When Kim and I first decided to head into the world of regenerative agriculture, there were a lot of decisions to make: what would we grow? Raise? Start a market garden? An orchard? Chickens for meat or eggs (or both)?
My interest was squarely focused on intensive grazing practices utilizing ruminants and birds to improve soil and pasture quality, ideally in a silvopasture environment, allowing for the growth of intentionally spaced trees. Stated more simply, the complex stuff I had zero experience in. It boggled my mind to see videos that showed the process of intensive grazing. The ground in the small paddocks was often so beat up after being densely stocked for a day or two that you’d think it was permanently damaged. But fast forward thirty or so days, and the grass was back higher, thicker, and ready to be grazed again.
I don't know... Maybe my prior military experience generated empathy for organisms that grow stronger after being thoroughly stomped and pooped on… but I digress.
There was only one absolute, unbreakable rule for our new farming enterprise; a non-negotiable unilateral decision made by yours truly over objections from other concerned parties; a go/no-go criterion for our entire experiment in agriculture:
In 2011, I deployed to Afghanistan for the first time and took part in a new strategy focused on building support for the Afghan government “one village at a time.” In practice, small teams were pushed out to remote areas in attempts to gain the trust of the local populace, then recruit, train, and arm militias intended to support the government of Afghanistan and oppose the Taliban.
The strategy briefed well, and probably had some nice accompanying PowerPoint slides depicting maps and graphs. I’ll let the historians determine the strategy’s efficacy, but those of us on the ground were… skeptical… the initiative had a snowball’s chance in hell at accomplishing anything sustainable.
Regardless, I found myself living in an Afghan compound in the middle of a small village in a southern province. Surprisingly, it was very comfortable. Constructed almost entirely of mud, the buildings did an excellent job of keeping the interiors cool during the summer, and the high, thick walls around the exterior provided respectable security. The grape hut was turned into an operations center, and the eastern-most wall adjoined shops in the town’s bazaar, which put us in close proximity to the local power brokers. It was a great spot for the mission we were tasked with.
However, for some reason, this structure came to my team partially occupied. Not only did we have a mamma pup with a litter of five puppies, but we somehow found ourselves with a full-grown goat named Billy. There are strict rules about having pets in deployed environments; almost every DFAC (dining facility) I had the pleasure of patronizing had posters near the trays and silverware reminding soldiers not to drink booze, “have relations”, or adopt (rabies infested) native animals. However, since it also turns out they were handing out harmful drugs like candy next to that very same silverware, I have no regrets that we ignored at least one of their suggestions and kept the animals.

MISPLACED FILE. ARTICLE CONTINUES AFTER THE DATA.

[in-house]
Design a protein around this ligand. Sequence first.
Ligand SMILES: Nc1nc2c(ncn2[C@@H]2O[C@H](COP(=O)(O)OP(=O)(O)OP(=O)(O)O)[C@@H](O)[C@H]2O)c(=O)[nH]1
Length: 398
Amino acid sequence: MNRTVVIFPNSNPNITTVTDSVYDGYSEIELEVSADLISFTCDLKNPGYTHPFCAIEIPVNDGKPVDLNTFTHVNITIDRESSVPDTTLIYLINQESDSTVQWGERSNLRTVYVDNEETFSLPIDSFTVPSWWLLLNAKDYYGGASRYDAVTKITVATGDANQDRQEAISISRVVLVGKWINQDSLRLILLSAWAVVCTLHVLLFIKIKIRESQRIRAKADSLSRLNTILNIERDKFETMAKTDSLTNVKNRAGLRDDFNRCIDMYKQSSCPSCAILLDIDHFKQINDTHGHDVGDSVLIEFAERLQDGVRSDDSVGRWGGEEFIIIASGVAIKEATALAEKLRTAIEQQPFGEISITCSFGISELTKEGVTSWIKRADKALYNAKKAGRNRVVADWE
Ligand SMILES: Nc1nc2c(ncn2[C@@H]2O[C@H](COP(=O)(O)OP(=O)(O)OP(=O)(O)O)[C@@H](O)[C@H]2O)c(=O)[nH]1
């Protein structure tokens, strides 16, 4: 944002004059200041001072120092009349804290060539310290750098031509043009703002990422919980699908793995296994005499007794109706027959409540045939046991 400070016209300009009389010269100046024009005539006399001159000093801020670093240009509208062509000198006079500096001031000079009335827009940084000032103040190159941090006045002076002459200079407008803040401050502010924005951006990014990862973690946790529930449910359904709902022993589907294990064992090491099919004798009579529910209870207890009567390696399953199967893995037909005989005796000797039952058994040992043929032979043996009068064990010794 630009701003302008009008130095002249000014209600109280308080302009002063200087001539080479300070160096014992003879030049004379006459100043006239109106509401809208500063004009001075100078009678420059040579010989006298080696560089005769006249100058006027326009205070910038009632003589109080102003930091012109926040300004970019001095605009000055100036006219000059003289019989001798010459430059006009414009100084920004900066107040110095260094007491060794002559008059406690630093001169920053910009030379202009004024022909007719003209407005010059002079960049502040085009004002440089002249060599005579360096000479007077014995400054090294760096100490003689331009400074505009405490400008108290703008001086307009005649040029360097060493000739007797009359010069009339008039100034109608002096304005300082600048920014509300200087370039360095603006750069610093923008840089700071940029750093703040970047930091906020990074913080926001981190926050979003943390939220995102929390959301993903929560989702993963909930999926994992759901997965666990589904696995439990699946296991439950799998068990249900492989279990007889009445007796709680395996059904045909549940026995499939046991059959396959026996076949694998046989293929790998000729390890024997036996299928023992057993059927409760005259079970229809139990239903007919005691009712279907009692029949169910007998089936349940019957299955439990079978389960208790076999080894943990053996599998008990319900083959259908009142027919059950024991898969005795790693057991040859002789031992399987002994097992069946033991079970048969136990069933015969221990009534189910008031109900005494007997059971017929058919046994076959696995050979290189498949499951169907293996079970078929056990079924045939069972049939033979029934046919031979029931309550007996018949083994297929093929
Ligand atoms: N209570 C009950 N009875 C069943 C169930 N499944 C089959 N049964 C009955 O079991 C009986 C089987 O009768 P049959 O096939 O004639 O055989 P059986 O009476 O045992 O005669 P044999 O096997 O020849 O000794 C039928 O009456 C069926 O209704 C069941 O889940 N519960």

To this day, I have no idea no idea how Billy the Goat survived his time with us without being shot. For starters, he had a serious nicotine problem. Almost everyone smokes in Afghanistan, including the vast majority of American servicemembers, and any time you’d walk into the courtyard of our compound at least a couple folks would be shooting the breeze over smokes. Occasionally you’d run across a local interpreter, or Afghan soldier, who had clearly enjoyed something other than nicotine. Two fun facts for all the horticulture enthusiasts out there: 1) you can companion plant marijuana and poppy; 2) “weed” is actually a weed in some places.
Hearing a match strike was like a dinner bell for Billy. When he’d catch the scent of a cig, he’d come trotting out of wherever he’d happened to be malingering, excited for the opportunity to get his fix. Every cigarette butt would be hoovered up off the ground-- and God help you if you didn’t finish what was in your hand quick enough for Billy’s liking. That cigarette still lit, embers glowing, dangling between your fingers? Billy didn’t care. He’d climb up you with his front legs, lips stretched, eyes wild with desperation.
For me, this became high-quality entertainment. I didn’t smoke, so instead just enjoyed the times when Billy entered stealth-mode and would approach one of the guys from behind, sniping the cigarette out of their lowered hand before anyone could react. This inevitably resulted in a shocked yell, followed by laughter, followed by Billy easily evading an angry soldier.